Eliminating Disparities in School Discipline–Evidence Blast

Date 

March 2013

Social 

empty high school hallway

Our Evidence Blast series provides research, data, and resources to help practitioners and policymakers make important decisions about schools and students.

Discipline disparity is a growing problem in our schools. Disproportionate rates of suspensions and expulsions for students of color result in substantial loss of instructional time for these students. According to a 2012 report by the U.S. Department of Education Office for Civil Rights, African American, Hispanic, and American Indian students are disciplined more often than their white classmates “who commit similar infractions and who have similar discipline histories”(p. 29).

Racial disparities in school discipline also exist in Northwest states, but the pattern of disparity varies. For example, Montana and Idaho were shown to have the smallest suspension gap between African American and white students, but were among eight states in the nation with the highest suspension rates for Native American students (Losen & Gillespie, 2012).

To create What We Know about Reducing Disproportionate Suspension Rates for Students of Color, a literature summary for the Oregon Leadership Network Research Alliance, we examined over 8,900 articles in search of evidence of school and classroom practices that can help reduce disproportionality in discipline referrals and suspensions for middle and high school students. Yet while numerous studies described the problem of disproportionate rates of suspensions, only a handful examined potential solutions. We identified the following school or classroom characteristics as statistically associated with lower suspension rates for students of color:

  • Positive, caring teacher-student relationships
  • High academic, social, and behavioral expectations for students
  • Structured school and classroom environments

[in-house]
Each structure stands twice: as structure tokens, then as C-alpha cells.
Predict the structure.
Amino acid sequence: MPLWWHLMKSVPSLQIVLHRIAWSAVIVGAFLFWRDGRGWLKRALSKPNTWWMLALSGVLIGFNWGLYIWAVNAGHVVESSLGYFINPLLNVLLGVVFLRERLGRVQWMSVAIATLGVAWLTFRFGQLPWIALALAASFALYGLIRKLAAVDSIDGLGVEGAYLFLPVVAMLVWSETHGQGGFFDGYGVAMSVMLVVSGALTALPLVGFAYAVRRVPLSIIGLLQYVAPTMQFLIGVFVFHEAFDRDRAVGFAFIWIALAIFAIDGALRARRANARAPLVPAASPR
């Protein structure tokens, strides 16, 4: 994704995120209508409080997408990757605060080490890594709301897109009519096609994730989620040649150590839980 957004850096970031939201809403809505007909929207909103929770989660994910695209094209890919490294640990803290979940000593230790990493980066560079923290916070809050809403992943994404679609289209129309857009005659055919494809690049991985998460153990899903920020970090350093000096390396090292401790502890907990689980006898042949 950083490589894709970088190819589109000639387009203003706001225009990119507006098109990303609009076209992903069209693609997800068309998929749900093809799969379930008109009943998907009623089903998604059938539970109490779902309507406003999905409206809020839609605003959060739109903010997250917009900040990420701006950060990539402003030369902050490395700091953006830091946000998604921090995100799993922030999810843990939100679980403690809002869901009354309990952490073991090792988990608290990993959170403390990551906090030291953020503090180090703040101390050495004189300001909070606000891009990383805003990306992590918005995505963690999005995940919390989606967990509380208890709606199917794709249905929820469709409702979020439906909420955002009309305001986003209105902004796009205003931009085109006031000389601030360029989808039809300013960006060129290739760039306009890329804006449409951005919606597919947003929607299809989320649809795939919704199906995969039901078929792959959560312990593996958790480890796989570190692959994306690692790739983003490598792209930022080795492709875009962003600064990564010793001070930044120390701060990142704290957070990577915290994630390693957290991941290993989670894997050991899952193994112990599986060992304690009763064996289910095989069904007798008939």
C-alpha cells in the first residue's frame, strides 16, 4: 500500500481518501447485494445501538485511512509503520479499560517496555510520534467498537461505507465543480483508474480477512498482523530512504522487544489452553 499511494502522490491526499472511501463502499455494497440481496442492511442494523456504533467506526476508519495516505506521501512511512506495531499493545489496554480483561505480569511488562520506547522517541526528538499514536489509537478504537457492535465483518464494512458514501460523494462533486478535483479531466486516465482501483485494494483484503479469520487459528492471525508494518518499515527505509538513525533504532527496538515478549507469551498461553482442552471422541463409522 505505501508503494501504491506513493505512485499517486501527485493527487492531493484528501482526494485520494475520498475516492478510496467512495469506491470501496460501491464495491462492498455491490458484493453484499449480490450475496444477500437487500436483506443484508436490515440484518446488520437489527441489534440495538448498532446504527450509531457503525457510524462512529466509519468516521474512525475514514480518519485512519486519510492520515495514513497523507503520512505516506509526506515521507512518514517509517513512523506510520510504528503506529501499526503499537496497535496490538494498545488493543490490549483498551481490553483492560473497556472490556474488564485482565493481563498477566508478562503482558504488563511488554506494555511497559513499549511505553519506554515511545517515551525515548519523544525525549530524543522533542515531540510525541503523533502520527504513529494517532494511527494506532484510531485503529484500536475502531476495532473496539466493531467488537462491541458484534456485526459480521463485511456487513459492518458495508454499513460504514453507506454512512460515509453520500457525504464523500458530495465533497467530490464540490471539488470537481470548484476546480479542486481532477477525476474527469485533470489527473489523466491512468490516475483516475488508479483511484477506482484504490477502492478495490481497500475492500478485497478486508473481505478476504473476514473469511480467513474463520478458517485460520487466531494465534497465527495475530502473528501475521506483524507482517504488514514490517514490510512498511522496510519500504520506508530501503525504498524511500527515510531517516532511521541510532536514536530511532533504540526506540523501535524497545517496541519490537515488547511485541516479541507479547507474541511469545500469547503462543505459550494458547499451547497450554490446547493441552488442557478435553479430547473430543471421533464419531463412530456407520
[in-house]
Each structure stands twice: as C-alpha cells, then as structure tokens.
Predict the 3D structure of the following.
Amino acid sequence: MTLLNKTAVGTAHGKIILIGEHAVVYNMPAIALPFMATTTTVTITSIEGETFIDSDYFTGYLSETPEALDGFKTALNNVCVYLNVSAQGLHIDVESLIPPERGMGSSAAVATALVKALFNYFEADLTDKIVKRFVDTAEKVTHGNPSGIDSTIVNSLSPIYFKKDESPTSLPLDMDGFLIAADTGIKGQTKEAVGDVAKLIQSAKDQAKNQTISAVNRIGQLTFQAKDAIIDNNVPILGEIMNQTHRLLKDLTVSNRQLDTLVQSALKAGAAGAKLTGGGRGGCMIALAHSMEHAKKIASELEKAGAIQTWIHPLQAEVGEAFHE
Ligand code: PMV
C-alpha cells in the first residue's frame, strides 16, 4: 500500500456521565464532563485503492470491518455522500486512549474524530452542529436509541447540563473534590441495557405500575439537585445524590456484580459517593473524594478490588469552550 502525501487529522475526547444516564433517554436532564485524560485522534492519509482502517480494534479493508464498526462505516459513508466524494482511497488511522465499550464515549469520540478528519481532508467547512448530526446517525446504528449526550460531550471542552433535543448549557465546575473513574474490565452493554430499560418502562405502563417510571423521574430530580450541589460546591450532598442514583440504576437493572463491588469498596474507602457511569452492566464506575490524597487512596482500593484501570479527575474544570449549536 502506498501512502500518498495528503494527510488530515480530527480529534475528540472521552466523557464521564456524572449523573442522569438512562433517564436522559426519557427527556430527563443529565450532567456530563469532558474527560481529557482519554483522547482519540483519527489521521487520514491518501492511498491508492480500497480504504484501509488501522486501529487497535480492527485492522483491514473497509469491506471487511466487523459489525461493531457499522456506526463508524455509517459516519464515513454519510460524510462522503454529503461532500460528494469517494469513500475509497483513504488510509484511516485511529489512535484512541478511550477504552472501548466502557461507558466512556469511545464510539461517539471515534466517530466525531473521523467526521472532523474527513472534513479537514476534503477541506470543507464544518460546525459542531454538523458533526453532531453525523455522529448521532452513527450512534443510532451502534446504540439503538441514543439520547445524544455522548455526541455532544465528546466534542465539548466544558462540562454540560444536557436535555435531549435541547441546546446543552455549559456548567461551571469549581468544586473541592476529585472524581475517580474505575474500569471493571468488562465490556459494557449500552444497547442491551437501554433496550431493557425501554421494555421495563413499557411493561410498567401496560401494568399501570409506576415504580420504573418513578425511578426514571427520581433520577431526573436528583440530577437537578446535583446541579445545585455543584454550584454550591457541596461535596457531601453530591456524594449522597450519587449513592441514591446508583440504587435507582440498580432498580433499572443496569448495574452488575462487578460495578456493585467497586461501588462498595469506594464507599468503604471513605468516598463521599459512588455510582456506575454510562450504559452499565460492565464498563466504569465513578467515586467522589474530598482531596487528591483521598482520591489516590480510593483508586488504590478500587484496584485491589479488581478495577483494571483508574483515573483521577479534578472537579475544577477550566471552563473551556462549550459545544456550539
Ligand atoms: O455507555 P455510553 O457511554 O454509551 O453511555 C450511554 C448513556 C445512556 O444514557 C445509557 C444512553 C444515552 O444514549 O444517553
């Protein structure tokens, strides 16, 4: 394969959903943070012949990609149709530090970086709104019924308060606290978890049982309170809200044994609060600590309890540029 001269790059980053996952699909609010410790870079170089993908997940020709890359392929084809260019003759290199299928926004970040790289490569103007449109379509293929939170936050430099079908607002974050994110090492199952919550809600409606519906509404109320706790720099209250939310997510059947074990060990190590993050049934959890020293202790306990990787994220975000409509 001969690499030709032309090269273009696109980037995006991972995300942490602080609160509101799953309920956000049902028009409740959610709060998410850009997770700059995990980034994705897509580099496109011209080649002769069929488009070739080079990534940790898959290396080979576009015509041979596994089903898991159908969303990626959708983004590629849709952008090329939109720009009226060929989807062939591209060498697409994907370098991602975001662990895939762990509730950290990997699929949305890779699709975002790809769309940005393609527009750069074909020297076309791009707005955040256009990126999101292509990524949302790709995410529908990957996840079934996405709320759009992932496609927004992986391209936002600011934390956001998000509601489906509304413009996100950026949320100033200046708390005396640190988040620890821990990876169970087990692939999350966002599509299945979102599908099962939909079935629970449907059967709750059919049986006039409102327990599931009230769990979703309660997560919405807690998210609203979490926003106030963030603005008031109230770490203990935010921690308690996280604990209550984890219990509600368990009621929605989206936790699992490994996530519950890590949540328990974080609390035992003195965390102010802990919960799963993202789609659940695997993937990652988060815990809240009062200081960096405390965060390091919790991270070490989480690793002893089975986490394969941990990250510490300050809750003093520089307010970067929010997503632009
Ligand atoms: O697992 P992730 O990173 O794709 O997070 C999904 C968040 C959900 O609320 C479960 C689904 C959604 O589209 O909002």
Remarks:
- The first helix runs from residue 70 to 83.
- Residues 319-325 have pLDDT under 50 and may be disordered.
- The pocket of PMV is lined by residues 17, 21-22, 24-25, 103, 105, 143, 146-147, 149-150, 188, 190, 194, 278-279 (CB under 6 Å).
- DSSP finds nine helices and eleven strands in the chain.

• Parental involvement
  • Teacher and student resources
  • Preventative and proactive school discipline practices
  • Social and emotional learning

Given the lack of evidence available, practitioners and policymakers should use caution interpreting these findings, and seek to rigorously evaluate practices they are implementing in their schools, districts, and states.

Watch the video below to see members of the Oregon Leadership Network Research Alliance further discuss these findings:

Research and Data Resources

This is a sampling of publicly available research and resources documenting discipline disparity and practices associated with reducing disciplinary actions. (Much of the research on this topic is available only from peer-reviewed journals.) For customized literature searches on this or other topics that include searching peer-reviewed research, please contact Jennifer Klump, Ask A REL Reference Desk librarian.

Preventing Disciplinary Exclusions of Students from American Indian/Alaska Native Backgrounds

This report by University of Oregon researchers presents 2009-2010 data on disciplinary exclusions in schools and juvenile incarcerations from one state to demonstrate that American Indian/Alaska Native students: (a) are disproportionately overrepresented in disciplinary exclusions from the classroom, (b) lose 4.5 times as many student days as white students due to disciplinary exclusions, and (c) are removed to alternative education for relatively minor offenses.